- After the death of the eldest brother in the family, the surviving brothers and their children met to decide in whose house the annual Ganesha Pooja ceremony should be held. None of them wanted to take the responsibility for the ceremony, but all of them expressed great concern for their own welfare if one of them did not perform the annual ritual. All the people involved were highly educated people, but were belaboring under the irrational fear that something terrible would befall them if they did not perform the Pooja as per the family tradition. In other words, they thought that Ganesha would be angry with them for failing to continue this mindless tradition. Their befuddled mind, under the weight of irrational fear, did not understand that performing this ceremony without the mental commitment, merely to protect themselves from Ganesha’s wrath, was worse than not performing it at all. These people had no idea whatsoever about the fundamental idea of god. Obviously, they thought that god would be pleased even if they performed the Pooja without their heart in it and out of fear of punishment!
- A man goes to the local temple, circles the idol seven times and falls on the ground before the stone idol. When asked, where is his god, he shouts, “God is here, there and everywhere!” If you asked him, “If he is everywhere, why do you go to the temple? Can you not pray at home?” he would reply, “My father did this before me. I have done this for fifty years. I don’t feel good if I didn’t do it now.” Obviously, this man is a creature of his habit. Even though he said that God is everywhere, he did not mean it at all as evidenced by his behavior.
In all these and thousands of other examples, the following factors become evident:
- All current irrational behaviors are based on a good reason sometimes in the remote past.
- Both these were reinforced by an authority figure such as a parent, a priest, a Swami or a Guru. These authority figures had vested interest in perpetuating these behaviors even though these behaviors were irrelevant now.
- The person indulging in the irrational behavior does not have a clue as to why he is behaving in this way. In fact, he does not think of his behavior as irrational at all even though he cannot explain the rationale for it.
- He has now become a mindless creature of dead habit, incapable of independent thinking and rational behavior.
Trapped in the ancient mindset
Let us now see how these observations can be applied to Hindu fundamentalists who are attacking women in the restaurants, Christians in the churches and Muslims women in schools:
- These people are acting on their irrational belief that Hindu religion is under attack and so they need to protect it. This irrational fear is rooted in the history of India. Over the past two thousand five hundred years, Buddhism, Islam and Christianity continually threatened Brahmanism, the decadent Dharma that pervades every atom of present day Hinduism.
- During the post-Vedic period of 500 B. C. E to 600 A. D., most major kingdoms of India ignored Brahmanism and promoted Buddhism. During the medieval period, Islamic kingdoms attacked Brahmanism and supported Islam. And during the last three centuries, European colonial governments ignored Brahmanism and supported Christianity. So now they do not trust the Indian Constitution to support or promote Brahmanism.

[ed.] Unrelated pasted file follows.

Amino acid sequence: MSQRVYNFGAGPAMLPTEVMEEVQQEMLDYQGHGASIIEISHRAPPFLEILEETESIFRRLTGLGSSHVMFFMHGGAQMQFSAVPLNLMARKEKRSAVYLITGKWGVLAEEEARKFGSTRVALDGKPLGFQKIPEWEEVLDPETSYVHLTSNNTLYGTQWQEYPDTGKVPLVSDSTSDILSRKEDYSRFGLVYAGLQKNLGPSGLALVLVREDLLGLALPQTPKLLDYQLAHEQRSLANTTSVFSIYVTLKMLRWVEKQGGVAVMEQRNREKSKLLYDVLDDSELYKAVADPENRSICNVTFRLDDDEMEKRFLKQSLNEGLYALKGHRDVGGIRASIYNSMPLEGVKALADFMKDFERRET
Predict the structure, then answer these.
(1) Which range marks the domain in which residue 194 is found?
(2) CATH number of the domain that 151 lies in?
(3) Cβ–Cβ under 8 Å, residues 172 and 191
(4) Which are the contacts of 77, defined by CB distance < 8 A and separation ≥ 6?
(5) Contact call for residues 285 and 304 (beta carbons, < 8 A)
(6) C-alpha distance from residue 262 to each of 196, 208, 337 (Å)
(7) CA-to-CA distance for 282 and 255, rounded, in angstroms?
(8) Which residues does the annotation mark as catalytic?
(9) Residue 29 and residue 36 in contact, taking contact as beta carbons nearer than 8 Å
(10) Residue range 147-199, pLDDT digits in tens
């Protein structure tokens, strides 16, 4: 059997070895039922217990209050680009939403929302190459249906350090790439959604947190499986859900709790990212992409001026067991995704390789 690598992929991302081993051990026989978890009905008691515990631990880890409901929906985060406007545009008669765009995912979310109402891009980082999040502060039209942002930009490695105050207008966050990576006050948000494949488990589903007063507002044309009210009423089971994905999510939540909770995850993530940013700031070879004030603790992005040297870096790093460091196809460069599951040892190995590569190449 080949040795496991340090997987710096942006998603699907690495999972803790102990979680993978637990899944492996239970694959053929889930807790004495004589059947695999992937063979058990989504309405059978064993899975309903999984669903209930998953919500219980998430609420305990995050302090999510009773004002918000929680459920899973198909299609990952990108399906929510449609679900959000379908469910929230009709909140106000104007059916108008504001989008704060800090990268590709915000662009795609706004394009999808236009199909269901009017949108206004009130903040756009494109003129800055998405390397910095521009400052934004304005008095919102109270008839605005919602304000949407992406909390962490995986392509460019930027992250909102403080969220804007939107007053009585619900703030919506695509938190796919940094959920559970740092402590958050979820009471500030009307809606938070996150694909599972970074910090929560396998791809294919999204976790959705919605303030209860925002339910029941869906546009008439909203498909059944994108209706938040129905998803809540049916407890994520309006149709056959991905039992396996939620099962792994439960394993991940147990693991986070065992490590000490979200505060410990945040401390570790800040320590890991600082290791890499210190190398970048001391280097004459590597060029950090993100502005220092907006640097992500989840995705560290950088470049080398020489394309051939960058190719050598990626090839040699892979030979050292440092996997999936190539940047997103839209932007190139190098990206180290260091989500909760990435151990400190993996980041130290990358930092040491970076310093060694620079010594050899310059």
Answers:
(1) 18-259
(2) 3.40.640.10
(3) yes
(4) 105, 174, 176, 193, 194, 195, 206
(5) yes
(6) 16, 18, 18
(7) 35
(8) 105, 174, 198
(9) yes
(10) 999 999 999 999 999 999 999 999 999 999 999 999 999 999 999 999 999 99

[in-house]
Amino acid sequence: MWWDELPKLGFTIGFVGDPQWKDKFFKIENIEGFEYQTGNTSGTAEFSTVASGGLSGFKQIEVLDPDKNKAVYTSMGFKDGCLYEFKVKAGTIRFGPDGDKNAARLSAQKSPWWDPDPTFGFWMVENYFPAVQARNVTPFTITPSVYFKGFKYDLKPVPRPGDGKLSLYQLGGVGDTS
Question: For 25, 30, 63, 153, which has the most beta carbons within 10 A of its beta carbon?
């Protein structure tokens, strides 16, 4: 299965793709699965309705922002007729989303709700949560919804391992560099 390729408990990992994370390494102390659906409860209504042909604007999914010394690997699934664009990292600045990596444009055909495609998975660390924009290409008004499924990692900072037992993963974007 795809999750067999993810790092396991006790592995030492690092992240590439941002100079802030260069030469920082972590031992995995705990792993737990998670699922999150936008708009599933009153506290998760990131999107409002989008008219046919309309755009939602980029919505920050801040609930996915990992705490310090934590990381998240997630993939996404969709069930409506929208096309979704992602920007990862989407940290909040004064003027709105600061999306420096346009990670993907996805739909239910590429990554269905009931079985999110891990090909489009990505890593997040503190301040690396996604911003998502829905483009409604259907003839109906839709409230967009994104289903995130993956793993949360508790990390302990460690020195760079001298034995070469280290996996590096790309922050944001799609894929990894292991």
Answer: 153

So, they think, they need to attack those who are violating the values of their Dharma, attack those of other Dharmas, and attack anyone seen as supporting the people of other Dharma. Here let the reader remember that right-wing Hindu fanatics assassinated Gandhi for “siding with Muslims.”
Obviously, these religious fanatics are living in India of the past two thousand five hundred years. They do not realize that the Dharma they should protect now is the Constitution of India. The ancient term, “Dharmo Rakshathi Rashathah” means “The Law protects him who protects Law.” These fanatics have no idea that in the modern world this means, “The Constitution protects him who protects the Constitution.” To them, whose allegiance is to Brahmanism, it is impossible to conform their behavior to India’s Constitution. If we tell them that the Indian Constitution, the Dharma of modern India, considers their behavior as anti-social and treasonous, they would not believe us. They all consider themselves as pukka patriots.
To make matters even worse, these ignoramuses have no knowledge of either the origins of Brahmanism three thousand five hundred years ago or its fundamental tenets. So they depend on what their equally ignorant religious leaders and political supporters tell them what Brahmanic Dharma is. And based on their faulty knowledge and irrational belief, they act in a manner detrimental to the nation.
(To be continued)
Dr. Prabhakar Kamath, is a psychiatrist currently practicing in the U.S. He is the author of Servants, Not Masters: A Guide for Consumer Activists in India (1987) and Is Your Balloon About Pop?: Owner’s Manual for the Stressed Mind.